I can summarize all that was good and bad about John Hughes in two words: Uncle Buck. When I first started getting deeper into movies in high school, I took what I was studying about cinema and used it to champion the popular ’80s directors I already liked. Barry Levinson was a big one for me then; and John Hughes was another. When Planes, Trains And Automobiles came out, I bored everyone around me with long explanations of why it wasn’t just another funny, crowd-pleasing comedy but was rather a perfect blend of different comedy styles (slapstick, screwball, farce) filtered through the personality of a filmmaker who infused his work with a distinctive look and sound. And I still feel that way about PTA, even though I’ve seen that movie (and Hughes’ other near-perfect film, Ferris Bueller’s Day Off) so many times that they don’t amuse me the way they used to. I find myself admiring the style and tuning out the dialogue and heavy-handed audience-manipulation—two things I used to hail Hughes for.

And yet I still really go for Uncle Buck, one of those betwixt-and-between movies Hughes made when he was trying to migrate away from teen fare (but before he shifted to kiddie fare). Anchored by one of John Candy’s best performances, Uncle Buck has a quiet confidence that the more manic early Hughes films lack. It’s full of little funny moment—like Candy going through his morning coughing routine, or him smashing a plate on the edge of a piano because he’s convinced it’s unbreakable—but it’s also grounded in the kind of realistic family squabbles that run through Hughes’ movies from Sixteen Candles to Home Alone. It also includes its fair share of Hughes-ian visual wit, whether it’s the way Candy’s rattling behemoth of a car is framed as though it were a smoke-belching monster, of the way a scene of a little boy pulling one odd thing after another out of his lunchbox ends perfectly with him meekly asking his tablemates, “Would you like to talk about a possible lunch trade?”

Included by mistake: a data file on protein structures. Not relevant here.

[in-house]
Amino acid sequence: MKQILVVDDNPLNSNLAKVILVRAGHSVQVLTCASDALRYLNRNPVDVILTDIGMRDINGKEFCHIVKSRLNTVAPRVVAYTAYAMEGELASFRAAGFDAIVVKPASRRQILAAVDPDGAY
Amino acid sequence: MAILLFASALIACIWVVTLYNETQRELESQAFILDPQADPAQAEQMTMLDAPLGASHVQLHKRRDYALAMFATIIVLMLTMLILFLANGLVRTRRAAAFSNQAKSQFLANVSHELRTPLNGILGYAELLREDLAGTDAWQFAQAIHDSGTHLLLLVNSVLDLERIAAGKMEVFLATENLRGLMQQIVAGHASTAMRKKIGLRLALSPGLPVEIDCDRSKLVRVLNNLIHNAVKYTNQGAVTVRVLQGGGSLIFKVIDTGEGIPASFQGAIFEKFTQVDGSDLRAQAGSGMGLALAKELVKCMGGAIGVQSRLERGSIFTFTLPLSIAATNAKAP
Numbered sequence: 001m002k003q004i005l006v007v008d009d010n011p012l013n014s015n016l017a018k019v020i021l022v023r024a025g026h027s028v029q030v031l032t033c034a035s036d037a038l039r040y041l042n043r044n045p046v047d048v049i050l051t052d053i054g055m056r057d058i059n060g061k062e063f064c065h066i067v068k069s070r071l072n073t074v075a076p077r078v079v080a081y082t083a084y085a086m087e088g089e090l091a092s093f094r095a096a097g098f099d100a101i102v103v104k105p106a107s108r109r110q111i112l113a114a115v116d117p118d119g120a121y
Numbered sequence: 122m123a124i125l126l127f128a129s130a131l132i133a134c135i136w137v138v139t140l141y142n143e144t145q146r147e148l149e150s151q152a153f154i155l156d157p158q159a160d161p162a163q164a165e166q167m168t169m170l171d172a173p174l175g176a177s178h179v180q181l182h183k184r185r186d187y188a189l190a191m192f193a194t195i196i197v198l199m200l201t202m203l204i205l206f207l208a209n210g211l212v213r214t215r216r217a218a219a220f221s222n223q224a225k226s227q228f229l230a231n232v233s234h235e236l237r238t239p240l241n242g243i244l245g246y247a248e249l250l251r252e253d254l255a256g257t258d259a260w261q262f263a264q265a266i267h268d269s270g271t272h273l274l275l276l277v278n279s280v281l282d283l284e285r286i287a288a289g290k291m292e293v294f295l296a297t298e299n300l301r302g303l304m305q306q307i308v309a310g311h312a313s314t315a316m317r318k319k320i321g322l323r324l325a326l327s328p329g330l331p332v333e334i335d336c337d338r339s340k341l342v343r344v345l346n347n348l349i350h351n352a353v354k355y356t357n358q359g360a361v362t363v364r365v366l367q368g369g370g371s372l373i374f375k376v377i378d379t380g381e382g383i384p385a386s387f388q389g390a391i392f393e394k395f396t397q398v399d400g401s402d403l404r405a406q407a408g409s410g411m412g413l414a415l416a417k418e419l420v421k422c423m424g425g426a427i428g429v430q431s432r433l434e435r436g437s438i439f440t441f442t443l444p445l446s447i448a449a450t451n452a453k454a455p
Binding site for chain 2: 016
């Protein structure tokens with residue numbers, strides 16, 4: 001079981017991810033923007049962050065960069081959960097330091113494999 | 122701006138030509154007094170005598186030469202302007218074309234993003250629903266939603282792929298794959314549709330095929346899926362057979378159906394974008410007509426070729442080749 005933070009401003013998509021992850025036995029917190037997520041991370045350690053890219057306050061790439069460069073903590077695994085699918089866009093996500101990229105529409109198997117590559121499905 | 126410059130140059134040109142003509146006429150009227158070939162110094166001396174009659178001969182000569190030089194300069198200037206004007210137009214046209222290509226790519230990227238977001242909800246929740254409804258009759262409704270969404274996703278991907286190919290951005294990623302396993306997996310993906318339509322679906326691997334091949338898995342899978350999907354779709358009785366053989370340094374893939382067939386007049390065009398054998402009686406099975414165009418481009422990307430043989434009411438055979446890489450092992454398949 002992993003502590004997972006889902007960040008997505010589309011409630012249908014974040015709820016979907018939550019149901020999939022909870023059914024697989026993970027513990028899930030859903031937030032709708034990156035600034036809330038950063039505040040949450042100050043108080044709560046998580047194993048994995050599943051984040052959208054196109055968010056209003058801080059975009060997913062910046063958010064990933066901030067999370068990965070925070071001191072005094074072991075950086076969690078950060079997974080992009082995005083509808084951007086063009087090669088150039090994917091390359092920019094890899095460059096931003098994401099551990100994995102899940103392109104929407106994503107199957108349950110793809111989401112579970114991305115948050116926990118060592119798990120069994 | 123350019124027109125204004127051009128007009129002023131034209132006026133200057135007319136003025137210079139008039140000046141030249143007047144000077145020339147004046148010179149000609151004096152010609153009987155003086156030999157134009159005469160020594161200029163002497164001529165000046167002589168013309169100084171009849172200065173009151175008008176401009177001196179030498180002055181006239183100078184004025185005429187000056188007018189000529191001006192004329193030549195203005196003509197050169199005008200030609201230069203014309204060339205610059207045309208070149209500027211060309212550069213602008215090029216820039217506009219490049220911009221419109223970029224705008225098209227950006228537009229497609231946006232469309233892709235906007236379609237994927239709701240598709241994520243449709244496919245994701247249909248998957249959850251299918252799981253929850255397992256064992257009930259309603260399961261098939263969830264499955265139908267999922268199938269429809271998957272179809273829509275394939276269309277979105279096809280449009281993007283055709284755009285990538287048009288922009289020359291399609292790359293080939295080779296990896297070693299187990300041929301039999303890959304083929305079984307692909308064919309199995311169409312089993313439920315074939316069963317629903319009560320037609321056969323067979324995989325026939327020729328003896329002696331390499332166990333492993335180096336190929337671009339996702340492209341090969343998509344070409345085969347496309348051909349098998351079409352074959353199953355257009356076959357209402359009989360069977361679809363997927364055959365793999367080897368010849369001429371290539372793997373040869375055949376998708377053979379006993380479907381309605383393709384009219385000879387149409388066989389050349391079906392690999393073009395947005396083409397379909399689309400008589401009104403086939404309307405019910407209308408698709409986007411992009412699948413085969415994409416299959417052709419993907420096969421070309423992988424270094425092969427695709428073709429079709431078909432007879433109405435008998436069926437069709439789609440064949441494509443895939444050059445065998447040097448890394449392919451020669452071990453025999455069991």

But the frustrating side of Hughes is in Uncle Buck too. He leans heavily on his typically trumped-up class warfare, setting the salt-of-the-earth Candy against yuppie in-laws, snotty teenagers, and prim school administrators, and never letting the audience forget which side they should be on. And of course Hughes can’t resist trying to squeeze a few tears out, by building to a big redemptive moment where the slobby Candy is finally accepted by his family (after teaching them all to loosen up, of course). Hughes only directed one more movie after Uncle Buck, and his scripts grew ever-more reductive, relying on an increasingly bland formula of outsized physical shtick and group-hug endings. Part of the blame for that can be laid at the feet of one of Uncle Buck’s bit players, a young kid named Macaulay Culkin, who’s so cute and funny in his cartoonish interactions with Candy that Hughes decided to build a whole movie around him, Home Alone. (Which, by the way, gets a bad rap from some because of what it inspired; on its own merits, Home Alone is a very entertaining and effective movie.)

I can’t stay mad at Uncle Buck, because like the best of Hughes it’s beholden to Hollywood filmmaking traditions that most of his contemporaries (and followers for that matter) rarely considered. It reaches past the simple slob-vs.-snob structure of the post-Saturday Night Live comedy era and recalls the character-driven, values-driven comedies of the ’30s and ’40s. Hughes leaves room for pathos, as when Candy’s prickly teenage niece tells her younger sister that, “We need boys so they can grow up, get married, and turn into shadows.” Hughes works in classic punchlines, as when Candy’s girlfriend claims to want to hear the pitter-patter of little feet and Candy responds, “I’ll get you a mouse and a piece of sheet metal.” And he allows for total non-sequiturs, as when Candy notes of his headwear, “A lot of people hate this hat. It angers a lot of people, just the sight of it.” For someone whose movies followed such predictable, reliable arcs, Hughes had a high tolerance for the unexpected. And it’s those moments—the weird gestures, the odd lines, the serious turns—that make his movies so enduring.